Low Feather walked into the woods ignoring Adam Darcy’s pleas for her to wait. She would not wait. They would find her, she would make sure of it. She broke a branch, tied a piece of fabric to it. She kicked over rocks, piled up twigs. It was taking the men some time to catch up with her. Last night’s drunken behavior had left them in a stupor apparently. She had no pity for them. They had taken her honor.
Trust had been broken. The debt must be paid.
It did not take long to come upon the cave. This had been a sacred place for her people. It was not a burial ground but a Place for Dying. Once death was achieved, the bones would be collected and gathered in a Place for Rest. No, this was a place to give up the ghost and there were many ghosts here waiting for them. The white men believed it to be a treasure house for plundering. A place that held silver and gold, but they were fools. The people of the red clay, the Cherokee cared nothing for silver and gold. Life was their treasure. The life of their tribe. The life of the people.
She was about to be one of them.
Low Feather allowed the hot tears to flow as she sang her song. The men had savagely cut her braids, keeping them as souvenirs after their dark deed. She was a maiden no longer. Her virtue stolen, Low Feather would walk into the shadow realm and seek justice there for she would find no justice in this world. But in the other world, her ancestors would deliver what she needed. All she needed to do was join them.
And when they found her, when they found the Place of Dying they would join her. They would have no choice for the dead among her people were stronger than the living among theirs.
An hour later, Adam Darcy, the Langley brothers and Arlo Tavistock were standing before the cave entrance. It didn’t take long for their eyes to make out the hanging woman.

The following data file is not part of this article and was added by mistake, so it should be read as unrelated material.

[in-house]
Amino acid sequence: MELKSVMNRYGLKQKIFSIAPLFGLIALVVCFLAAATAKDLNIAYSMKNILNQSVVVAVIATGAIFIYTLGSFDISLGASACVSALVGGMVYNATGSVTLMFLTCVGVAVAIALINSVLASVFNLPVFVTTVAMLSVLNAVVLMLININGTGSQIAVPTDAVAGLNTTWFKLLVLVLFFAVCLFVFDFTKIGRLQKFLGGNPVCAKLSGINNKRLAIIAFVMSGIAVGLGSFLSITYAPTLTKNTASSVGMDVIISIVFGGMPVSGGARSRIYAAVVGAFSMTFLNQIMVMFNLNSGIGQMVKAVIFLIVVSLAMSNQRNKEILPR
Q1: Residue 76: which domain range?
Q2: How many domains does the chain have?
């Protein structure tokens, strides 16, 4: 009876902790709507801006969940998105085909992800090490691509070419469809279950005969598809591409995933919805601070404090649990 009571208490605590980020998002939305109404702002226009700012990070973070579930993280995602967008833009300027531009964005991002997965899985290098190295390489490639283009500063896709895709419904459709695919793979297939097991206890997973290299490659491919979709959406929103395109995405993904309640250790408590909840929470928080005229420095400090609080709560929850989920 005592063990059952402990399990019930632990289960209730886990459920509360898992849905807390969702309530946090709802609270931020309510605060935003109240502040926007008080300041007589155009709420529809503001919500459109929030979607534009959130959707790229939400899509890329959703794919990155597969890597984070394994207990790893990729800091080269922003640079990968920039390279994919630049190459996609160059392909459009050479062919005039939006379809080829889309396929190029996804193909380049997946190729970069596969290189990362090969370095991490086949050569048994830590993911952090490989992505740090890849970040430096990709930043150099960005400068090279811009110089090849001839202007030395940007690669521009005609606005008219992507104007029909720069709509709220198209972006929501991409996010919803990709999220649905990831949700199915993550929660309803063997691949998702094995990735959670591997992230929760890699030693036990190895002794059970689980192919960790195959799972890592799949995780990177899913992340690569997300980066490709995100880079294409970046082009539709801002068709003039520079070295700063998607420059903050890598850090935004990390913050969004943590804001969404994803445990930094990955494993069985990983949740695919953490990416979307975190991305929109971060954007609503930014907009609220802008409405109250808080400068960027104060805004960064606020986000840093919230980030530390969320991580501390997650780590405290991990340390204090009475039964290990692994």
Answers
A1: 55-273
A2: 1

“Oh no! Oh God! What have you idiots done? What have you done? She’s dead! Low Feather, no!” He dropped his sack of tools. This was bad. This was really bad. How would he face the Old Man now? An assault he could pay his way through that but not a death. Old Man loved his granddaughter.
He inched closer as Arlo lit a torch that lay on the ground. Maybe it wasn’t too late. Maybe he could rescue her. No, the time for rescuing was last night but he’d been afraid. Afraid of the drunken men. Afraid of what they would do. They were a murderous lot.
“Low Feather! No!” He raced toward her, Arlo beside him holding up the torch. But she was dead and already stiffening. He wanted to cut her down but something was wrong. Her head moved, the dark hair fell over her open eyes. “Did you see that?”
“What? Cut her down!”
That’s when her body swung around in a heavy movement. Suddenly, she was on the ground, on all fours, the rope still attached to her neck. She cocked her head up at them as all the men swore in unison.
Adam Darcy couldn’t move. He couldn’t run. And they weren’t alone. Low Feather rose to her feet, her head crooked to the side. She screamed like a dead wild thing.
It would be the only warning they had before the ghost swarm descended upon them.
They were never seen again.
Here's a sample!
I had kept an eye on the balcony entrance as best I could between thanking my guests, but I had not seen him step back inside. I tugged his jacket around me tighter as I ventured back out to the balcony. Besides a few potted trees and a sitting bench, I saw nothing and no one at all. I glanced around in hopes of finding my treasure, but there wasn’t a trace. Perhaps Father had collected it and planned to force me to confess the loss. That must be it! He must have it in his possession!
“Father?” I called as I stepped out a bit further. Could I have missed his return? There was no trace of him out here.
Except his shoe. Where would he have gone with one shoe? I picked it up and clutched the leather protectively. Yes, this was certainly his shoe.
I walked to the edge of the stone balcony and looked across the forested area toward Rockville. Strangely enough, the fog had lifted, disappearing as if it had never arrived. Never covered the town. Had an ocean breeze blown it away? Had I dreamed the fog? That could not be true; I wore my father’s jacket, and this was his shoe. That was no dream.
That’s when I heard a scream—a long and terrible blood-curdling scream rose up from the driveway below. A woman by the sound of it. I peered over the side of the balcony and, to my horror, saw my father’s broken body sprawled on the ground. His head was turned around backward, and his eyes stared up at me. His legs and arms were akimbo, flung out wildly like a marionette cut from his strings from a very great height. A scream of my own erupted from my lips and seemed to last forever. I cannot say how long I leaned there, over the side of the balcony staring and screaming at the sight below, but it seemed like forever.